Clapboard Jungle provides a frank and sobering perspective of the modern film industry, though it will not appeal to everyone.
I don’t know about you, dear reader, but whenever I brought up my desire to pursue art as a career with my parents, I was often met with a side-eye glance of skepticism and worry accompanied with a variation of the phrase, “You know it’s really hard to make a living at [insert anything that isn’t a corporate office job here].” And of course that’s true: though making a living at just about anything nowadays seems to have become increasingly difficult, it’s particularly tough in artistic industries. But it’s not necessarily difficult in the ways you expect it to be difficult. Guillermo Del Toro articulates this struggle well during the opening minutes of Clapboard Jungle: “Making movies is beautiful. Prepping them, raising the money, selling them is horrible. And I think I can make movies the rest of my life. Selling them, you grow impatient; you see it for what it is more and more with every year.”
Clapboard Jungle is a documentary following Canadian filmmaker Justin McConnell’s multi-year journey to procure funding for a film project. Along the way, there are interviews with several directors, producers, and other prominent figures in the film industry, all of whom discuss the decidedly unglamorous and not fun world of business that goes on behind the scenes of every movie that is released.
Clapboard Jungle would be a great documentary for any current and prospective filmmaking students to view. It is blunt and open in its messaging regarding the brutal business side of modern independent filmmaking. It discusses how finding funding for a project can take years, or even longer if you’re not an established name. It addresses how just because a project is greenlit doesn’t mean that the rug can’t be pulled out from under you at any time, leaving a project in indefinite development hell. It challenges you to think about the hundreds, if not thousands, of movies NOT getting made, either due to lack of funding, or because of gatekeepers at production companies deciding which few of the hundreds of potential films on their desk they can afford to produce. We get to see Justin’s journey over the course of about five or six years from the genesis of an idea to finally seeing it realized; about half of that time is just spent searching for funding.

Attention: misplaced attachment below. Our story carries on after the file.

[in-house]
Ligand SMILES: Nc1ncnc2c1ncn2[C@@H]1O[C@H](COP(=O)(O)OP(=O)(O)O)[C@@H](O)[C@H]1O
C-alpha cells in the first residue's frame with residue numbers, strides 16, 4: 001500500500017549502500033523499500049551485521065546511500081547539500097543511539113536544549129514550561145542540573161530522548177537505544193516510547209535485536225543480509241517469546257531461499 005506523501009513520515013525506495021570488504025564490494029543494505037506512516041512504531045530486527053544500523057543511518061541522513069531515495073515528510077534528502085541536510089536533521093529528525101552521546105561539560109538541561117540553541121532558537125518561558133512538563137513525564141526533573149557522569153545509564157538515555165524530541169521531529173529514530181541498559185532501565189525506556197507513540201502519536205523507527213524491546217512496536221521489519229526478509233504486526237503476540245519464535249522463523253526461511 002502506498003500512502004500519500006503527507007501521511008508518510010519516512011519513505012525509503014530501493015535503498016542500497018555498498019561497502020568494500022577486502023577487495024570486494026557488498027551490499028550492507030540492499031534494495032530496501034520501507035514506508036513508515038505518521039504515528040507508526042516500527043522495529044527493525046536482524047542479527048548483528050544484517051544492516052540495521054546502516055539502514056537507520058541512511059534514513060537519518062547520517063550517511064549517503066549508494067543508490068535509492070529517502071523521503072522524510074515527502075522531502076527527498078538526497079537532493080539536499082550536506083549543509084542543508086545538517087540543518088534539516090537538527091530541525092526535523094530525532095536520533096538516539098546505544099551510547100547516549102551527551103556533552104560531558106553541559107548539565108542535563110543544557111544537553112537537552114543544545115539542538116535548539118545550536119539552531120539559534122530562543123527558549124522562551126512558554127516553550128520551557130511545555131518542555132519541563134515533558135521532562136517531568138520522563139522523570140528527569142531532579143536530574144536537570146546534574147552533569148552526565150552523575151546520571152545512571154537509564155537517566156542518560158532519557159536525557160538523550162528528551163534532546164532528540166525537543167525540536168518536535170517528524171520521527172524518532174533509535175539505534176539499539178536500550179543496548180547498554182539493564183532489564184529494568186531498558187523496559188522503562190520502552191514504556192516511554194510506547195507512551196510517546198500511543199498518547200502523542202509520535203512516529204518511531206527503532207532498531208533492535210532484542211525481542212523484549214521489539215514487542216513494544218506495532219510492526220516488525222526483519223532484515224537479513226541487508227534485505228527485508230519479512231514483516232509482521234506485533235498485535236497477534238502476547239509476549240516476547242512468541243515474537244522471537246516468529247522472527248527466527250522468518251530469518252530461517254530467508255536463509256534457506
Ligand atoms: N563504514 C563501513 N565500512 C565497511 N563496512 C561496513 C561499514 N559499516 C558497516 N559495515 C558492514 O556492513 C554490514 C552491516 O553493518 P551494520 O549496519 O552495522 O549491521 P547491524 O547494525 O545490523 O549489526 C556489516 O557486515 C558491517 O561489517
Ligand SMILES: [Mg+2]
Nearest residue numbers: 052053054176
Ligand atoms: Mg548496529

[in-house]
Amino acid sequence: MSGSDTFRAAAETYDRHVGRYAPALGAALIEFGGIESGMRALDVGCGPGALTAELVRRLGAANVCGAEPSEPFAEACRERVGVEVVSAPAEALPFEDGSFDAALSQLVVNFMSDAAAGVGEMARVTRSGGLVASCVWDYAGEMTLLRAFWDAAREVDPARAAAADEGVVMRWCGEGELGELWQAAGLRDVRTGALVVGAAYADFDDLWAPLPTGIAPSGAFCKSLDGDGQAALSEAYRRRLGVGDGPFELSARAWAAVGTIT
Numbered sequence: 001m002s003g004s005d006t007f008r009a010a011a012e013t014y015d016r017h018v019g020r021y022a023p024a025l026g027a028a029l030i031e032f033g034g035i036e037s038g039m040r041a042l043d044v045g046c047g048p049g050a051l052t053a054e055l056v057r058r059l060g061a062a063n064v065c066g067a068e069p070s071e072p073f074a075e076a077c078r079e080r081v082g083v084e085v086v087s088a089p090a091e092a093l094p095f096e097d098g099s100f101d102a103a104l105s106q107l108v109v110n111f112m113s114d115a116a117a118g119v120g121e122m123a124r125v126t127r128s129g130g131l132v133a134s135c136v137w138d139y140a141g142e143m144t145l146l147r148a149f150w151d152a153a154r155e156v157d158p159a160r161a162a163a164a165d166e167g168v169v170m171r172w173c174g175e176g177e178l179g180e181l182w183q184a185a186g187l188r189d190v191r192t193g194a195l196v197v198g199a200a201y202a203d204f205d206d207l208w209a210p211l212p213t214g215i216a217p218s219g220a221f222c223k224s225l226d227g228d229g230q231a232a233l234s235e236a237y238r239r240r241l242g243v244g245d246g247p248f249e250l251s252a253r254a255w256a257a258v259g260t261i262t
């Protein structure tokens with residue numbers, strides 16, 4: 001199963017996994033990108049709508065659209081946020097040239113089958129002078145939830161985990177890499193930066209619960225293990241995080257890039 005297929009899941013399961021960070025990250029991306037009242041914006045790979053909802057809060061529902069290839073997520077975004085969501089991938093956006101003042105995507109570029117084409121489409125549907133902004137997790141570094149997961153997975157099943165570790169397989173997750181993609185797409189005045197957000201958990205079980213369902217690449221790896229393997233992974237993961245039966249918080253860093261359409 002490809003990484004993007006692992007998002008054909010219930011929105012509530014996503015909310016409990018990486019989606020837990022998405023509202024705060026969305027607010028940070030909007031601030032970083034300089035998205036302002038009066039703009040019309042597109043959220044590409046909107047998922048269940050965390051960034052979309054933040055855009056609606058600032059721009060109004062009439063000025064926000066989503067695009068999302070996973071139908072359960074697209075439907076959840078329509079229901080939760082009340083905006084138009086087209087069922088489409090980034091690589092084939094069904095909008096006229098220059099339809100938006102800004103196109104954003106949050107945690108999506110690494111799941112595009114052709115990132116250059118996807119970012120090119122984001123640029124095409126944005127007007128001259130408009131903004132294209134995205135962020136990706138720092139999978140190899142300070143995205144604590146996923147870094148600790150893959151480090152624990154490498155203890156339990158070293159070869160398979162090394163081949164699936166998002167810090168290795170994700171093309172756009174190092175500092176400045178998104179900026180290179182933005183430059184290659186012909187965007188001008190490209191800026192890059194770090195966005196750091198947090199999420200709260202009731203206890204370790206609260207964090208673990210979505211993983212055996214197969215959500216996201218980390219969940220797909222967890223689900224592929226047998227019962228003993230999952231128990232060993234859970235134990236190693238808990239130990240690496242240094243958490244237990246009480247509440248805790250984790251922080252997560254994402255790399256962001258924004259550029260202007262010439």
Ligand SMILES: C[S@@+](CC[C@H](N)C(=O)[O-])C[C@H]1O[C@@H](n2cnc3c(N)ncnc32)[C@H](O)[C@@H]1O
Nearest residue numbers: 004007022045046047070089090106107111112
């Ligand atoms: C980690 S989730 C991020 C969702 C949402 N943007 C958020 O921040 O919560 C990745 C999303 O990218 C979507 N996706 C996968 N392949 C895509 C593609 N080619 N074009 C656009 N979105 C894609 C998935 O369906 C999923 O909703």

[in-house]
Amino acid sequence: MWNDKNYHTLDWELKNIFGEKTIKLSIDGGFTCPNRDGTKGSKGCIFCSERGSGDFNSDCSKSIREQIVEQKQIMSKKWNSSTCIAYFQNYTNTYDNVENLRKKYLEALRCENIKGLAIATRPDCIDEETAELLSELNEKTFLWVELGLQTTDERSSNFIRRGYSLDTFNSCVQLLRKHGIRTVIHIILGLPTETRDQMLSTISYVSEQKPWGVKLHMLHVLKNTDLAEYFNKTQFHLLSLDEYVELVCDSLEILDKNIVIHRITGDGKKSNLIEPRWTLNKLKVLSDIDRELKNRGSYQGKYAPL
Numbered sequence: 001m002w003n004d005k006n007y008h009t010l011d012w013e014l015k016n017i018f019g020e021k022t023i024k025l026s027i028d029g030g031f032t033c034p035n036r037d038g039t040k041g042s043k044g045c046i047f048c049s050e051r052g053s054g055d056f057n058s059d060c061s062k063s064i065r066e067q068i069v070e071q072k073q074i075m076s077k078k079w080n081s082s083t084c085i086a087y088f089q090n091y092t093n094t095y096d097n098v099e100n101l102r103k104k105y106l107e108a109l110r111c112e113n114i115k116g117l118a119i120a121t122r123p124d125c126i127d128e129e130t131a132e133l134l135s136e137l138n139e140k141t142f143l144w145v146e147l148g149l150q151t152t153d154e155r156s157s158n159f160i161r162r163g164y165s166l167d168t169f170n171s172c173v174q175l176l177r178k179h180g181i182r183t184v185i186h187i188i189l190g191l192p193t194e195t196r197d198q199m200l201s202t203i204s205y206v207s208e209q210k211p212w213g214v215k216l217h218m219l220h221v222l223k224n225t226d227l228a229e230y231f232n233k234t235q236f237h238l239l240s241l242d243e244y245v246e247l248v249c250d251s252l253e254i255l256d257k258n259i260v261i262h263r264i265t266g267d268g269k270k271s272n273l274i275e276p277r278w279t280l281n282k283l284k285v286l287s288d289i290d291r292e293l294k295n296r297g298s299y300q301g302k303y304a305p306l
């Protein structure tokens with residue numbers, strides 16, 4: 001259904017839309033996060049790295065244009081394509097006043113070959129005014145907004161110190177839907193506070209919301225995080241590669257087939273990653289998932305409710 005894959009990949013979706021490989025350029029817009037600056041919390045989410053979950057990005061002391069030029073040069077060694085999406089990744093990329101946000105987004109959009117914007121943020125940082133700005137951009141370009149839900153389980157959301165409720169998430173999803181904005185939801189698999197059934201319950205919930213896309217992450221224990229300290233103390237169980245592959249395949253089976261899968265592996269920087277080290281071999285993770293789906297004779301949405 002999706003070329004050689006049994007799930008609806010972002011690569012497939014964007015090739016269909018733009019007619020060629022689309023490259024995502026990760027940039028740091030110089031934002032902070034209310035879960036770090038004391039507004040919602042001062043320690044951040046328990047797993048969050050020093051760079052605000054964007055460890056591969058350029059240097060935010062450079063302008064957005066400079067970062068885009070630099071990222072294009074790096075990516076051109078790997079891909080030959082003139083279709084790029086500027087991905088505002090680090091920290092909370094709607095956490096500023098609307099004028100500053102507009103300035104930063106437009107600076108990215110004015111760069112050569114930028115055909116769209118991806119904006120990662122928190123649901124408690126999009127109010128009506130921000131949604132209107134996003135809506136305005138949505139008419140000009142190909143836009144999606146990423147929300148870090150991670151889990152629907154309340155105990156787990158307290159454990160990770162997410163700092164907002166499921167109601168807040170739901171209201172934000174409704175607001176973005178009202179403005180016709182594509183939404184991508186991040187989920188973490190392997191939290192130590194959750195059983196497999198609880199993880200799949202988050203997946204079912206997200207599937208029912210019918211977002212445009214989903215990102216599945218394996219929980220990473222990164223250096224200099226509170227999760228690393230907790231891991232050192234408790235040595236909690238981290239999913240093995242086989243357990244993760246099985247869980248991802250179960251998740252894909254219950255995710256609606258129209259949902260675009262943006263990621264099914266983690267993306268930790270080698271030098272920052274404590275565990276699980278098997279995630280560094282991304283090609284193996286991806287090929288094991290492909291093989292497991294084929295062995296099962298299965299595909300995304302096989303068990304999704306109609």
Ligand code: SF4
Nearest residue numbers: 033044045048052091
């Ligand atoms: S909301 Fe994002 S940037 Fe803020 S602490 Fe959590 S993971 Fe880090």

Now, you may be looking at this description of the film and thinking to yourself, “Gee, that sure is a lot of focus on the nitty gritty nuts and bolts of the film business.” To that I would answer, “Yeah, that’s kind of the point of the movie.” Clapboard Jungle is an in-depth look at filmmaking, but not the parts of filmmaking you may be expecting to see. Instead of focusing on how cool special effects are done or actors’ processes of finding their character, Clapboard Jungle mostly focuses on the business end of filmmaking.
To the film’s credit, it’s a topic we don’t see explored very often, and I personally found it to be a very educational watch. That being said, I can absolutely see how someone who isn’t curious about that side of films and filmmaking (or is uninterested in anything that has to do with business) may find it dull. Heck, I am interested in this kind of thing, and I found a few parts of the movie to be a bit dry. Also, a lot of the movie revolves around the frustrations, rejections, and failures that pile up while trying to even get a movie made at all, let alone release and promote it. While it’s not without its little victories here and there, I can understand if you want something a little lighter in tone given the past year we’ve all had.
For every Steven Spielberg there are hundreds of Justin McConnells, and thousands more struggling to get to where Justin is in his career. Clapboard Jungle is an acknowledgement of independent and non-A-list filmmakers doing their best to get their art out into the world, despite the thousands of other artists fighting for a slice of the same pie. There’s definitely an audience for Clapboard Jungle, but it is not going to be for everyone. If what I described doesn’t sound like your thing, then you’re probably right. But if you’re a filmmaker or just a film nut, this is mandatory watching; not as a means of scaring you away from chasing your dream, but as a way to make sure you know what you’re getting into.
Clapboard Jungle will be released on January 19, 2021 in the US and Canada, where it will be available to watch via Kamikaze Dogfight/Gravitas and Indiecan Entertainment. The film will be available in UK, Ireland, Australia, and New Zealand via Arrow Films in Spring 2021.
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